Copyright Infringement by a Streaming Device – Is this the Beginning of the End for TV Boxes in Malaysia?
Wendy Lee Wan Chieh, Shook Lin & Bok (Malaysia)
In a much-lauded decision, the Malaysian Intellectual Property Court found on 24th May 2021 that the sale or distribution of TV boxes or illicit streaming devices that are able to provide unauthorised access to works protected by copyright would amount to copyright infringement under the Copyright Act 1987.
In the case of Measat Broadcast Network Systems Sdn Bhd v Koo Kok Wee (Civil Suit No. WA-22IP-61-10/2020), the plaintiff (“Measat”) filed an action against the defendant (“Koo”) for copyright infringement.
Koo had been selling, offering for sale, distributing and / or supplying streaming devices (more commonly known as TV boxes) which were pre-loaded or pre-installed with software applications or add-ons which provided unauthorised access to work which were protected by copyright without the consent or license of copyright owners. Amongst the works were films owned by Measat and Measat therefore claimed that Koo had infringed its copyright.
Measat’s ownership in its works were not disputed, and the core issue to be determined in so far as copyright infringement was concerned was whether Koo’s act of distributing TV boxes fell within the definition of “communication to public” under the Copyright Act 1987. Hence, Measat applied for summary disposal of the action on the determination of the following questions of law:-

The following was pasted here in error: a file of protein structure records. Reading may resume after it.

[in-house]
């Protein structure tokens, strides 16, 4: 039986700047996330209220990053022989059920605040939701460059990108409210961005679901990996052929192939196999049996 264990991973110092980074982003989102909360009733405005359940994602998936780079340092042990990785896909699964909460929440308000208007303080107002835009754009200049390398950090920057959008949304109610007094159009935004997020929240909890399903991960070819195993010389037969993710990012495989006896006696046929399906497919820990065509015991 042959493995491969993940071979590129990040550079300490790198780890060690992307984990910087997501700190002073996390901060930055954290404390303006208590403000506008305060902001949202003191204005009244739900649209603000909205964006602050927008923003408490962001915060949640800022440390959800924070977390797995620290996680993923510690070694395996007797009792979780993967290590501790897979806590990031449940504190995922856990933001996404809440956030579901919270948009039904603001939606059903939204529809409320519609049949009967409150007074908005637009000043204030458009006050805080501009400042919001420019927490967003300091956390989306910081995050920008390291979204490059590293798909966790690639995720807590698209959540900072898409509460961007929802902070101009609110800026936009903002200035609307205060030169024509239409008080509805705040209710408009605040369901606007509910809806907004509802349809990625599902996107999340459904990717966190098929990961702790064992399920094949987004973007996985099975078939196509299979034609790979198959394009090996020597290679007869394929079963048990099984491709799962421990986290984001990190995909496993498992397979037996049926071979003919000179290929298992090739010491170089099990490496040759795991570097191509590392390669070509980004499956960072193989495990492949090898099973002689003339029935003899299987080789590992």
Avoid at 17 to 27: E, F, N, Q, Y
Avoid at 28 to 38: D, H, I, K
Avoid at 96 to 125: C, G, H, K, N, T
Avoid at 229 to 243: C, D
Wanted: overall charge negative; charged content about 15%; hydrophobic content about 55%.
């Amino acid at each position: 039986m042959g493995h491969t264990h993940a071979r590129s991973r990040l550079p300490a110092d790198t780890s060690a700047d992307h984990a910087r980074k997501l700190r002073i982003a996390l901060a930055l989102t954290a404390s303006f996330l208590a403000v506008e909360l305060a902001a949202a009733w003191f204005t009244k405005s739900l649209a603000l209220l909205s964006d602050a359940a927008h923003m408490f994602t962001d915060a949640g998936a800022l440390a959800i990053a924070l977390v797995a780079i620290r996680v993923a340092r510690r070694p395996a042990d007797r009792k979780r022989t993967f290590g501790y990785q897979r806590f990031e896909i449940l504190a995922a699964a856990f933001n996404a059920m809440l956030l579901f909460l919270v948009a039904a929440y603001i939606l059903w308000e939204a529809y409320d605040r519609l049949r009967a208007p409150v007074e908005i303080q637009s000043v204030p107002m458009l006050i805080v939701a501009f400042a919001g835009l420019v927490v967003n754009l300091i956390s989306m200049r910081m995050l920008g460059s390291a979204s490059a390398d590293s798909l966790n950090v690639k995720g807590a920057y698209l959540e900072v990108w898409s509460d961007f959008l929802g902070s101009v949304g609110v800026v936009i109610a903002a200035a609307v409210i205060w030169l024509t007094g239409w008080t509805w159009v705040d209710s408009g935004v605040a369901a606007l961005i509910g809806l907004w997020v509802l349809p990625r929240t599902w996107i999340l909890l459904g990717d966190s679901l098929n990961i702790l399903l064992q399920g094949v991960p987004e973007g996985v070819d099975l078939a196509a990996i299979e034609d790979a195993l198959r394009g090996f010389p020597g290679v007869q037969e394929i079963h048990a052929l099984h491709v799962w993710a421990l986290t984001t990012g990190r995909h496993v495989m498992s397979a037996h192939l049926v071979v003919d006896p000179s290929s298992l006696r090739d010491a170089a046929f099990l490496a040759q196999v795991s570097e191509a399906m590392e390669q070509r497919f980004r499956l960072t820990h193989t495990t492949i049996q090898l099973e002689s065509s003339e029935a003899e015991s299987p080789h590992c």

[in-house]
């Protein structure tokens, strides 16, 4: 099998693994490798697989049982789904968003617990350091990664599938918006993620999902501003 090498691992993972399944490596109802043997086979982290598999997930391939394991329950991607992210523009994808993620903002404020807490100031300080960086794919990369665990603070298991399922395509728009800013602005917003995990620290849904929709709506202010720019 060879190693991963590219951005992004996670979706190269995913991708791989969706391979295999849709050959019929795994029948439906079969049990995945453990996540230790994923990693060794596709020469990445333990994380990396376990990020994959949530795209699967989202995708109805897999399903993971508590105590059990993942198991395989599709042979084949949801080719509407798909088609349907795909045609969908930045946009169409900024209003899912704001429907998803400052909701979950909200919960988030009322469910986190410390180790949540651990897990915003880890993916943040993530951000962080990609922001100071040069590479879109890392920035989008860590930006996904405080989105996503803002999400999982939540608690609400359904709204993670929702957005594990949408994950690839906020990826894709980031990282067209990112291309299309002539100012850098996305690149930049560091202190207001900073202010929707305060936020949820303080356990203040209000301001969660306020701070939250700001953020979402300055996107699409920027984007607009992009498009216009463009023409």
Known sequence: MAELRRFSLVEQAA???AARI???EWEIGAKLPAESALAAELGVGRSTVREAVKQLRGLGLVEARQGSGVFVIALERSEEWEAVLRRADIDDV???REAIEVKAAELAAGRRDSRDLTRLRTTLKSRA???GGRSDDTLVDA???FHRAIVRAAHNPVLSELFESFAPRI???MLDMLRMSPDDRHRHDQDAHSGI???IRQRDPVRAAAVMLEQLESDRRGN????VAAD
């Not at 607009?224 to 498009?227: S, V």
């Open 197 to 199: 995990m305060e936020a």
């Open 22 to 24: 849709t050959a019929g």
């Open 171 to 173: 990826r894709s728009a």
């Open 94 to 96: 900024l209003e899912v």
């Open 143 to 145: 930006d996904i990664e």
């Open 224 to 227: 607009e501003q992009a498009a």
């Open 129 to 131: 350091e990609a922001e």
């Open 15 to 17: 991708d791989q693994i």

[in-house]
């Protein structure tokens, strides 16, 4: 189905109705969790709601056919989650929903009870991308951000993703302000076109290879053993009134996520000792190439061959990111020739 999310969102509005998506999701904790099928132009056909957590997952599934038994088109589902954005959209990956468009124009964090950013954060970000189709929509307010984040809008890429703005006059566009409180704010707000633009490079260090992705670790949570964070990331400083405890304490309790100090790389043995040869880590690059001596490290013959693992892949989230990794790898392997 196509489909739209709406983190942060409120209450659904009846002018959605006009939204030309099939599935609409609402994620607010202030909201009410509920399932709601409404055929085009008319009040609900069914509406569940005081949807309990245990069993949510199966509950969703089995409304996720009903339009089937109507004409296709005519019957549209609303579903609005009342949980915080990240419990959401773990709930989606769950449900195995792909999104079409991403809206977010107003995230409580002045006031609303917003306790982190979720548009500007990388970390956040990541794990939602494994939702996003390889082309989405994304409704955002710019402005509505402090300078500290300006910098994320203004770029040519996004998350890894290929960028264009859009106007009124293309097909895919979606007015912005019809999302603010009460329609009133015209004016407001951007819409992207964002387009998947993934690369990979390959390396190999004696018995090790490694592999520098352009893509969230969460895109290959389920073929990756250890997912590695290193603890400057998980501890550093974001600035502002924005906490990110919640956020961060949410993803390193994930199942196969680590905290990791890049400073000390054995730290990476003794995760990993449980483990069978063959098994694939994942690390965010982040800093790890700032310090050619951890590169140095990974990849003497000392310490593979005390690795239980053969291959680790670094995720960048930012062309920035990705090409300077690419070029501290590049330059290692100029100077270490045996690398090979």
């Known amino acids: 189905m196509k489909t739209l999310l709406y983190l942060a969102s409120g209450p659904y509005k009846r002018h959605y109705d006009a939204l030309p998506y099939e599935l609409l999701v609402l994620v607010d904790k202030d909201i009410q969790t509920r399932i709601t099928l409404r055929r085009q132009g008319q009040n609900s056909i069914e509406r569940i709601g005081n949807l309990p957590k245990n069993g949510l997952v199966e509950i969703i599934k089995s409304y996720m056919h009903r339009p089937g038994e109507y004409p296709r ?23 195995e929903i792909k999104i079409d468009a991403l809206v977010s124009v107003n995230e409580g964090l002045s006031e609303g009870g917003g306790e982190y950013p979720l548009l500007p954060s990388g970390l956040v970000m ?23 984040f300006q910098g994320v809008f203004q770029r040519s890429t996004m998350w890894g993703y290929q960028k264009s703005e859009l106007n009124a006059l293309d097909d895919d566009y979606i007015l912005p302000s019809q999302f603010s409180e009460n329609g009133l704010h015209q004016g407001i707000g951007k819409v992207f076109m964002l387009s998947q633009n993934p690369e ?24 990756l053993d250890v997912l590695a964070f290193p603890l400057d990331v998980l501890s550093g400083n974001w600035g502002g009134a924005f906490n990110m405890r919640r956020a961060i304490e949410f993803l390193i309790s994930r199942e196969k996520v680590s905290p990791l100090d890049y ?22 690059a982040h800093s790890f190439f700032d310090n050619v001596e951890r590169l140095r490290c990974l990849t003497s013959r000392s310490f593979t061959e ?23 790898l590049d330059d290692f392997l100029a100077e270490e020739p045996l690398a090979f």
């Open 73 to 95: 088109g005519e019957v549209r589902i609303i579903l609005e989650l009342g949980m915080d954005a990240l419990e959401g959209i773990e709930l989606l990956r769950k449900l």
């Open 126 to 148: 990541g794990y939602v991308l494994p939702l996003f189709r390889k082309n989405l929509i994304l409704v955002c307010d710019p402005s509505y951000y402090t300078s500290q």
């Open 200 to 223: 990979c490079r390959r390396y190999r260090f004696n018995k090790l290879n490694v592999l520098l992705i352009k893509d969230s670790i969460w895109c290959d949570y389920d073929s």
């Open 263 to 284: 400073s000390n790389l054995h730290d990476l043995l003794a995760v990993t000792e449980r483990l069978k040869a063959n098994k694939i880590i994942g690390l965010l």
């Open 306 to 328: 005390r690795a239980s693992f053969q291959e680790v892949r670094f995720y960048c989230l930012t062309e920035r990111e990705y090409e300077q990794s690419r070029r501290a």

a) Whether an act of selling, offering for sale, distributing and / or supplying a device, including a TV box, that provides unauthorised access to copyrighted works without the consent or license of the copyright owners is an infringement of the exclusive right of communication to the public within the meaning of Sections 3 and 13 of the Copyright Act 1987; and
b) If yes to (a), whether an act of selling, offering for sale, distributing and / or supplying a device, including a TV box, that provides unauthorised access to copyrighted works without the consent or license of the copyright owners is an act of copyright infringement under Section 36 of the Copyright Act 1987.
In this regard, Measat argued that actual transmission a work is not required to be proved to satisfy the requirement of “communication to the public” in circumstances where a work is made available in such a way that a member of the public may access it from a place and time individually chosen by them.
The Court agreed with the submission of Measat’s counsel and found that Koo’s act of selling or making available such TV boxes to the public fell within the requirement of “communication to the public”, and therefore answered Question (a) in the affirmative. With an affirmative answer to Question (a), the learned Judge proceeded to answer Question (b) in the affirmative as well, and found Koo to have infringed Measat’s copyright. No appeal was filed subsequent to the finding of the High Court.
While the learned Judge qualified his decision by confining it to the facts and evidence before the Court, this decision puts Malaysia one step closer to joining the ranks of countries that have taken a stringent stance in finding copyright infringement in similar fact cases. It is therefore a much-welcomed development which would hopefully open more doors for copyright owners to enforce their rights against infringers.